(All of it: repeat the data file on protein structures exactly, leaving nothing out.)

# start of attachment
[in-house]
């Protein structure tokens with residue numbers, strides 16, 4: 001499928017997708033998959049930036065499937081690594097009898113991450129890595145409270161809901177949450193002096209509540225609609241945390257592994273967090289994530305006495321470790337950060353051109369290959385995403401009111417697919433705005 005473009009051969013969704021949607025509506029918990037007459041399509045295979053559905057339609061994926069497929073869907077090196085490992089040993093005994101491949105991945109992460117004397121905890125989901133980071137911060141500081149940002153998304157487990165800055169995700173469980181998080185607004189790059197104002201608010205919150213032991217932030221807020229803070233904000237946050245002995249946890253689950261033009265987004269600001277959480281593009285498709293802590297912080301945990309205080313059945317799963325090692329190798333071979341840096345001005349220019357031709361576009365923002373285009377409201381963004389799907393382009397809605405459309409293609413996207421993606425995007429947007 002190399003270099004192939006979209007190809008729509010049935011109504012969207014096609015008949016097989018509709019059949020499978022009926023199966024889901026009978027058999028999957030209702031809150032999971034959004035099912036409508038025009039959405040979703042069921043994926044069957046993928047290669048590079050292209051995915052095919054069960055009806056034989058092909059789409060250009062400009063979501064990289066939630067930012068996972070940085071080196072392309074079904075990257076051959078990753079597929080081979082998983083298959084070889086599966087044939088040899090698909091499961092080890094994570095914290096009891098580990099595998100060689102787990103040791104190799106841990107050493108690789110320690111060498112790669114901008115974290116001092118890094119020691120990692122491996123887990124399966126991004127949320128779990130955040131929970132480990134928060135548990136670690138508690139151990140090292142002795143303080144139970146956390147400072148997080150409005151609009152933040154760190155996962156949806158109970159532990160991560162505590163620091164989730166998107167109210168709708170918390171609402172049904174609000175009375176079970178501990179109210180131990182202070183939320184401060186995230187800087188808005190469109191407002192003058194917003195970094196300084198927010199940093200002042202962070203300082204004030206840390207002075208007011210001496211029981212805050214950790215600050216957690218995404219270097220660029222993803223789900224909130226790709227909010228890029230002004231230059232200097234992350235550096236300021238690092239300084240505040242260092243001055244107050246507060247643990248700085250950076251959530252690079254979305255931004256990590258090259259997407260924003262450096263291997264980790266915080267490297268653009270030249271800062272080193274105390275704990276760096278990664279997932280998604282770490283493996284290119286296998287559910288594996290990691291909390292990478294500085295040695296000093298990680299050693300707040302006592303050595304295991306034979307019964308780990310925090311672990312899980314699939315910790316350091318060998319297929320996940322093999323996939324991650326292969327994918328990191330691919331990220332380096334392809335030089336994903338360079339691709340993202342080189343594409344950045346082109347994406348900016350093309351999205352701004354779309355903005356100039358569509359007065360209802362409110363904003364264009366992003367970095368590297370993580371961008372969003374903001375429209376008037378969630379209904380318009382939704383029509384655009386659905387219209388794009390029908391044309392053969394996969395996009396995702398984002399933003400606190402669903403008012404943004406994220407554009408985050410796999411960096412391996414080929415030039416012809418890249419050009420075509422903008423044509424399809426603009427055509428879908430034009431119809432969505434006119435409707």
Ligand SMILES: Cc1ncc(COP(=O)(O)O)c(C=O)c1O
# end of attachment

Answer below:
[in-house]
């Protein structure tokens with residue numbers, strides 16, 4: 001499928017997708033998959049930036065499937081690594097009898113991450129890595145409270161809901177949450193002096209509540225609609241945390257592994273967090289994530305006495321470790337950060353051109369290959385995403401009111417697919433705005 005473009009051969013969704021949607025509506029918990037007459041399509045295979053559905057339609061994926069497929073869907077090196085490992089040993093005994101491949105991945109992460117004397121905890125989901133980071137911060141500081149940002153998304157487990165800055169995700173469980181998080185607004189790059197104002201608010205919150213032991217932030221807020229803070233904000237946050245002995249946890253689950261033009265987004269600001277959480281593009285498709293802590297912080301945990309205080313059945317799963325090692329190798333071979341840096345001005349220019357031709361576009365923002373285009377409201381963004389799907393382009397809605405459309409293609413996207421993606425995007429947007 002190399003270099004192939006979209007190809008729509010049935011109504012969207014096609015008949016097989018509709019059949020499978022009926023199966024889901026009978027058999028999957030209702031809150032999971034959004035099912036409508038025009039959405040979703042069921043994926044069957046993928047290669048590079050292209051995915052095919054069960055009806056034989058092909059789409060250009062400009063979501064990289066939630067930012068996972070940085071080196072392309074079904075990257076051959078990753079597929080081979082998983083298959084070889086599966087044939088040899090698909091499961092080890094994570095914290096009891098580990099595998100060689102787990103040791104190799106841990107050493108690789110320690111060498112790669114901008115974290116001092118890094119020691120990692122491996123887990124399966126991004127949320128779990130955040131929970132480990134928060135548990136670690138508690139151990140090292142002795143303080144139970146956390147400072148997080150409005151609009152933040154760190155996962156949806158109970159532990160991560162505590163620091164989730166998107167109210168709708170918390171609402172049904174609000175009375176079970178501990179109210180131990182202070183939320184401060186995230187800087188808005190469109191407002192003058194917003195970094196300084198927010199940093200002042202962070203300082204004030206840390207002075208007011210001496211029981212805050214950790215600050216957690218995404219270097220660029222993803223789900224909130226790709227909010228890029230002004231230059232200097234992350235550096236300021238690092239300084240505040242260092243001055244107050246507060247643990248700085250950076251959530252690079254979305255931004256990590258090259259997407260924003262450096263291997264980790266915080267490297268653009270030249271800062272080193274105390275704990276760096278990664279997932280998604282770490283493996284290119286296998287559910288594996290990691291909390292990478294500085295040695296000093298990680299050693300707040302006592303050595304295991306034979307019964308780990310925090311672990312899980314699939315910790316350091318060998319297929320996940322093999323996939324991650326292969327994918328990191330691919331990220332380096334392809335030089336994903338360079339691709340993202342080189343594409344950045346082109347994406348900016350093309351999205352701004354779309355903005356100039358569509359007065360209802362409110363904003364264009366992003367970095368590297370993580371961008372969003374903001375429209376008037378969630379209904380318009382939704383029509384655009386659905387219209388794009390029908391044309392053969394996969395996009396995702398984002399933003400606190402669903403008012404943004406994220407554009408985050410796999411960096412391996414080929415030039416012809418890249419050009420075509422903008423044509424399809426603009427055509428879908430034009431119809432969505434006119435409707």
Ligand SMILES: Cc1ncc(COP(=O)(O)O)c(C=O)c1O